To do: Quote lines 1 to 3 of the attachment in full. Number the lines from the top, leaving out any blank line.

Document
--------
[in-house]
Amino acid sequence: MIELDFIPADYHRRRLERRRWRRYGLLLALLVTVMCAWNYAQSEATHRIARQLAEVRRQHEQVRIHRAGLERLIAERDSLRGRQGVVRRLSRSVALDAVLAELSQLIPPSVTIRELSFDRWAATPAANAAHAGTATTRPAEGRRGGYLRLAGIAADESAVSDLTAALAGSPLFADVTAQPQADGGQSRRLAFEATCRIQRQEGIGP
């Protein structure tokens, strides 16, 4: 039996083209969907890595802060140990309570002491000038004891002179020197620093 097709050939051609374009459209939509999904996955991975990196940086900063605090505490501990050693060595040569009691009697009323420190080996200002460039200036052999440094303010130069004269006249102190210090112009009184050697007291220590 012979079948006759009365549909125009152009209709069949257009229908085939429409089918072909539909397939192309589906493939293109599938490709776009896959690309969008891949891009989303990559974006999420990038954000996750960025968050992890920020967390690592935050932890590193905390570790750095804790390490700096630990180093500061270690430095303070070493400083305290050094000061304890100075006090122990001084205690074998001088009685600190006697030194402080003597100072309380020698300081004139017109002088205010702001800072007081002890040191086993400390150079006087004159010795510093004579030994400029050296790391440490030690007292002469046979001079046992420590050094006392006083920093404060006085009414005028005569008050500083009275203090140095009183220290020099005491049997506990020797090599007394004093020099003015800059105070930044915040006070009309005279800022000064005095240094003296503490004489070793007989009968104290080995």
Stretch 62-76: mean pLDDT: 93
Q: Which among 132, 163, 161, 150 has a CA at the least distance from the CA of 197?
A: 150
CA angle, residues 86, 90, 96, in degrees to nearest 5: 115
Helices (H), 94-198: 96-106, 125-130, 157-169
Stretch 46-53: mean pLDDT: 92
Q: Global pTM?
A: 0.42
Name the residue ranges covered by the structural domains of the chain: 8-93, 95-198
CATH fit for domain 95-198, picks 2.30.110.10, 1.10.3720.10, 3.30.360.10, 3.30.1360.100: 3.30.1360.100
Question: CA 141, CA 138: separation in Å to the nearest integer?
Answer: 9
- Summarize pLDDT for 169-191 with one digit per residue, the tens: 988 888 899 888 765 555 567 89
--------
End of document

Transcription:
[in-house]
Amino acid sequence: MIELDFIPADYHRRRLERRRWRRYGLLLALLVTVMCAWNYAQSEATHRIARQLAEVRRQHEQVRIHRAGLERLIAERDSLRGRQGVVRRLSRSVALDAVLAELSQLIPPSVTIRELSFDRWAATPAANAAHAGTATTRPAEGRRGGYLRLAGIAADESAVSDLTAALAGSPLFADVTAQPQADGGQSRRLAFEATCRIQRQEGIGP
């Protein structure tokens, strides 16, 4: 039996083209969907890595802060140990309570002491000038004891002179020197620093 097709050939051609374009459209939509999904996955991975990196940086900063605090505490501990050693060595040569009691009697009323420190080996200002460039200036052999440094303010130069004269006249102190210090112009009184050697007291220590 012979079948006759009365549909125009152009209709069949257009229908085939429409089918072909539909397939192309589906493939293109599938490709776009896959690309969008891949891009989303990559974006999420990038954000996750960025968050992890920020967390690592935050932890590193905390570790750095804790390490700096630990180093500061270690430095303070070493400083305290050094000061304890100075006090122990001084205690074998001088009685600190006697030194402080003597100072309380020698300081004139017109002088205010702001800072007081002890040191086993400390150079006087004159010795510093004579030994400029050296790391440490030690007292002469046979001079046992420590050094006392006083920093404060006085009414005028005569008050500083009275203090140095009183220290020099005491049997506990020797090599007394004093020099003015800059105070930044915040006070009309005279800022000064005095240094003296503490004489070793007989009968104290080995």